TWA Position Statement on the BLM - Red River Land Issue
Texas Wildlife Association Policy Position on the Red River / BLM Land Dispute
Strong private property rights are the foundation for sound stewardship of natural resources, especially in the State of Texas where over 95% of land is privately owned. As such, Texas Wildlife Association (“TWA”) strives to protect land stewards so that they may protect the natural resources so important to the ecological and economic health of our great state.
In the Spring of 2014, the Bureau of Land Management (“BLM”) stated its intent to develop a Resource Management Plan (“RMP”) for approximately 90,000 acres of land located along the Red River in North Texas (the “Planning Area”). The Planning Area has a long, complex legal history that has resulted in uncertain ownership status. The BLM believes that the Federal Government holds title, while many private individuals who have long been in possession of such land believe they hold title. Those private individuals have cared for the property for many years while paying purchase monies and ad valorem taxes along the way. To date, the BLM has not released an RMP for the Planning Area. TWA CEO David Yeates states, “Texas Wildlife Association wants what is best for the natural resources of Texas. It is our firm belief that private individuals are vastly better stewards of land and natural resources than any government agency. The individual is simply more attuned to and invested in what is best for the land. That is irreplaceable. TWA supports any equitable resolution that will continue the private stewardship of this land.”
On August 13, 2014, TWA Executive Committee approved the Position Statement below. It should be noted that the information below reflects TWA’s position on this issue, but does not necessarily serve as a legislative or action agenda.
Red River / Bureau of Land Management Position Statement
Approved by TWA Executive Committee, August 13, 2014
Based upon the Fact Statement pertaining to the Bureau of Land Management (“BLM”) pending Resource Management Plan (“RMP”) approved by the Texas Wildlife Association (“TWA”) Board of Directors on July 11, 2014, the following Position Statement is offered:
TWA was established in 1985 by a group of ranchers, wildlife managers and hunters dedicated to the conservation, management, and enhancement of wildlife and wildlife habitat on private lands. TWA is committed to representing private land stewards from across the state of Texas while supporting all efforts to uphold established private property rights of Texas landowners. TWA members care for and control almost 40 million acres of privately owned rangeland and wildlife habitat in Texas. It is critical to keep private land in Texan hands.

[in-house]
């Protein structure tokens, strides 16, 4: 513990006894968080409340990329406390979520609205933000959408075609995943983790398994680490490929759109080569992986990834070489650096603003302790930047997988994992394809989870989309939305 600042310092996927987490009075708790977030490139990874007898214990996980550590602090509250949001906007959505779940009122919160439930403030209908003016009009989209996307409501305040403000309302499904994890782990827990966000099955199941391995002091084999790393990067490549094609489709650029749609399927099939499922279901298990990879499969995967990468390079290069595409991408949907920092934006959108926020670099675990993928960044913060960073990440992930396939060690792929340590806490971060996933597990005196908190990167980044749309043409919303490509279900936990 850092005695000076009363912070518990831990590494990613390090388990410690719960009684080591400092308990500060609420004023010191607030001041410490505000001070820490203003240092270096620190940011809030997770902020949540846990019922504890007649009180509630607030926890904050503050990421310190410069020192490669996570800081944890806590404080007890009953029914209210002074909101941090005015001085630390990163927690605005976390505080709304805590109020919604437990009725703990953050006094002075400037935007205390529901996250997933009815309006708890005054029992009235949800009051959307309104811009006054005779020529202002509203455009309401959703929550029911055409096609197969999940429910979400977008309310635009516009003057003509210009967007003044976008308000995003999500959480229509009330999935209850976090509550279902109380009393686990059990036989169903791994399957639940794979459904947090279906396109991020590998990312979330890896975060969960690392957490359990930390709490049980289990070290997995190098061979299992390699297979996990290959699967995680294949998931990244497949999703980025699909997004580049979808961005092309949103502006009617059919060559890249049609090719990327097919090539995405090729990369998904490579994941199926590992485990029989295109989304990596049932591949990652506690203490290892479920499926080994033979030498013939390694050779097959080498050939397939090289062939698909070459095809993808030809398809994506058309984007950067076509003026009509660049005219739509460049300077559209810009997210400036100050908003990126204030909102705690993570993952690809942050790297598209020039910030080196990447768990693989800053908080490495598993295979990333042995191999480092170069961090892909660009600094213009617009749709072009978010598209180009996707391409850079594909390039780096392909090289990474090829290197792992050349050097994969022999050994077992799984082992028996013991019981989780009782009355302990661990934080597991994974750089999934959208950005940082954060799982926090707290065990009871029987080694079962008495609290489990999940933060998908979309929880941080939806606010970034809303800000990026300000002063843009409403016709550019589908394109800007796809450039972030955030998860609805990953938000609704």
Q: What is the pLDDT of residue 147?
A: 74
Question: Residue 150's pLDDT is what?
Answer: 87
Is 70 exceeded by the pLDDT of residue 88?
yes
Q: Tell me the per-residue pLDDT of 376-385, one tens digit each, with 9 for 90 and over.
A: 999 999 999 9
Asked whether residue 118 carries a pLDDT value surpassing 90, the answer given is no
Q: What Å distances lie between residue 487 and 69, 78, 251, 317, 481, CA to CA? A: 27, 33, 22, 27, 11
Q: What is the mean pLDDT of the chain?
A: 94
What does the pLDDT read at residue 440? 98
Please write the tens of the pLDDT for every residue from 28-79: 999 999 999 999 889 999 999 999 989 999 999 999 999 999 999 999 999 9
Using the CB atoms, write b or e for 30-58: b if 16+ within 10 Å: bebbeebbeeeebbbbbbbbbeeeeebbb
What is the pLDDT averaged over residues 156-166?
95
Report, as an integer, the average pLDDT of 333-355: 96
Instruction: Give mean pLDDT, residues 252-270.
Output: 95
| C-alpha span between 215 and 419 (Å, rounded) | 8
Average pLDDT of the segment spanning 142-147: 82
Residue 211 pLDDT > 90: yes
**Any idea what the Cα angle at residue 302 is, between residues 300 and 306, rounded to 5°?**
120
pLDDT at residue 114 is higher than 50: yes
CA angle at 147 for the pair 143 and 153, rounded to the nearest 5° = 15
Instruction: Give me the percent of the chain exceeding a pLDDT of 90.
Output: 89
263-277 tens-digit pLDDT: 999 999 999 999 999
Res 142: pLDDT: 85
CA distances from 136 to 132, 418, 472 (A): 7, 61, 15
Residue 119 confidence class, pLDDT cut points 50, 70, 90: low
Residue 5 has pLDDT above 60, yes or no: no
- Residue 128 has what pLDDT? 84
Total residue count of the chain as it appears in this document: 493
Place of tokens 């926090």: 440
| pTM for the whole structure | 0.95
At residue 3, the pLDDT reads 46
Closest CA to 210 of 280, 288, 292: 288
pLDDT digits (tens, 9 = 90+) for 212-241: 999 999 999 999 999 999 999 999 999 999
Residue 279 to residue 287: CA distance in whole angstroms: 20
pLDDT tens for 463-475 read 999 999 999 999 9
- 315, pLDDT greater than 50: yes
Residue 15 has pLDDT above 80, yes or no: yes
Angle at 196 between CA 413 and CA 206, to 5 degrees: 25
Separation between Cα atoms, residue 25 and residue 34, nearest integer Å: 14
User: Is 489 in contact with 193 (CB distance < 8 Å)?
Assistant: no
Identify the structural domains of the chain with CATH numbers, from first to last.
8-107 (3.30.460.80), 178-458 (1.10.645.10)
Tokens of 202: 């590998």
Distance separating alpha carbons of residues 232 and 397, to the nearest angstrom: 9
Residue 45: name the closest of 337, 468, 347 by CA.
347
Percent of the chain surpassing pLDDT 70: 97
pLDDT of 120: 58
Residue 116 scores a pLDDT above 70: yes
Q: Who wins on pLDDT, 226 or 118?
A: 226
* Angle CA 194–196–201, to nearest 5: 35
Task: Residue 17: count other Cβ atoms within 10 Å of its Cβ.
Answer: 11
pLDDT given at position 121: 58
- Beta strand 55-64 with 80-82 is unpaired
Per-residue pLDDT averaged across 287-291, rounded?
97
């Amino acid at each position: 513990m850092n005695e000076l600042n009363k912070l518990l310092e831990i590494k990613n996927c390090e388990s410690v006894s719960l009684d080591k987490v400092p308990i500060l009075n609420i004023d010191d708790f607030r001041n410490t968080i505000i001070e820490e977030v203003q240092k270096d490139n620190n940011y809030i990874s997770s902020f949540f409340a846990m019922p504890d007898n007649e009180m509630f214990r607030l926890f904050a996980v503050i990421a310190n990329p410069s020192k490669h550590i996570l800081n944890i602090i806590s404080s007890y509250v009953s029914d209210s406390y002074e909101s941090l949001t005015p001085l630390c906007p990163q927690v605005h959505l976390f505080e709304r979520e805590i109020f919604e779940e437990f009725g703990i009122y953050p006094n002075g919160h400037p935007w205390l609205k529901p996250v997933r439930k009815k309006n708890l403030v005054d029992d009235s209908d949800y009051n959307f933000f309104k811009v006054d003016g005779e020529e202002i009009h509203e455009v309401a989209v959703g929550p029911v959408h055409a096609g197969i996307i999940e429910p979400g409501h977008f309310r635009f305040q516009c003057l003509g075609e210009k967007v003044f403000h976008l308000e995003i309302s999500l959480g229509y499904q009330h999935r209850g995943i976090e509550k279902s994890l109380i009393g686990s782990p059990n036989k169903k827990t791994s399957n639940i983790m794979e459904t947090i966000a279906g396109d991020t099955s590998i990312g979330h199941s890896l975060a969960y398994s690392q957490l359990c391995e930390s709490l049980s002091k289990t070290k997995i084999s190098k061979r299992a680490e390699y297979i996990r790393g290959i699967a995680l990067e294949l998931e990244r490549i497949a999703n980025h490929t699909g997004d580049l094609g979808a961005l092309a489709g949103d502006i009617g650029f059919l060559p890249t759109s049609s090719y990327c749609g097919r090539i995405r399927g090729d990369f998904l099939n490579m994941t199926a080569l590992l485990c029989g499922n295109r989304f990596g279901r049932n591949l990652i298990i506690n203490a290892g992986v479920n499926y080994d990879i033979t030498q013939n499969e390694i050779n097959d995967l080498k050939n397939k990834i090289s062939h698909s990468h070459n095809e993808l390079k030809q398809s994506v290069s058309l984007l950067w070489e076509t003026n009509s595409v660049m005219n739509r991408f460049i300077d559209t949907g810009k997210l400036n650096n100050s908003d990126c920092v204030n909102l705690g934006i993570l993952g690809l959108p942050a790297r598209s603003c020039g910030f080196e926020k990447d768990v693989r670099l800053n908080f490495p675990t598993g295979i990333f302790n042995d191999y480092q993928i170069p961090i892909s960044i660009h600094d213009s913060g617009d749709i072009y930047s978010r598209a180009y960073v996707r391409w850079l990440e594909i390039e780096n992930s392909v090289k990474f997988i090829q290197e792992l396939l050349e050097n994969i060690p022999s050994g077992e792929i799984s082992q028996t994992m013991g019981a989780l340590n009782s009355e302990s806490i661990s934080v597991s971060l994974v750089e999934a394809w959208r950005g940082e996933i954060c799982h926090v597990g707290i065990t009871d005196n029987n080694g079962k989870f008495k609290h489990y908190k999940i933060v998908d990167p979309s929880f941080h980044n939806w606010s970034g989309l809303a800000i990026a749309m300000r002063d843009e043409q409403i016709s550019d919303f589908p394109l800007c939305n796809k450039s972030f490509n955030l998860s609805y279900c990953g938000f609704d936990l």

The TWA strongly opposes any RMP and federal control of private land and all associated rights located in Texas and south of the Red River. Precisely, the BLM proposal to take possession of any of the 90,000 acres along a 116-mile stretch of the Red River that the BLM considers public land, is not supported by TWA’s membership.
Until such boundaries and legal titles are clearly defined, opening any of the Planning Area for public access and recreation will undoubtedly result in conflicts impacting Texans who have for so long acted as capable stewards of this land. TWA believes that the management and best conservation practices for any Federally owned portion of this 90,000 acre stretch are best left in the adept hands of the private landowners who have shepherded such land for decades.
TWA encourages adoption of a plan, including currently filed legislation that makes appropriate allowances for the interests of such private landowners, regardless of their ownership status. TWA also emphasizes landowners to work towards acquiring title from the USA by grant or under the doctrine of accretion. Such grants would be the equitable solution given the investments these ranchers have made in the disputed lands and the benefits to everyone by the private landowners’ stewardship to be gained by such grants.
Members of the Texas Wildlife Association are upstanding stewards of Texas land and it is imperative to continue protecting private property rights for the future of Texans.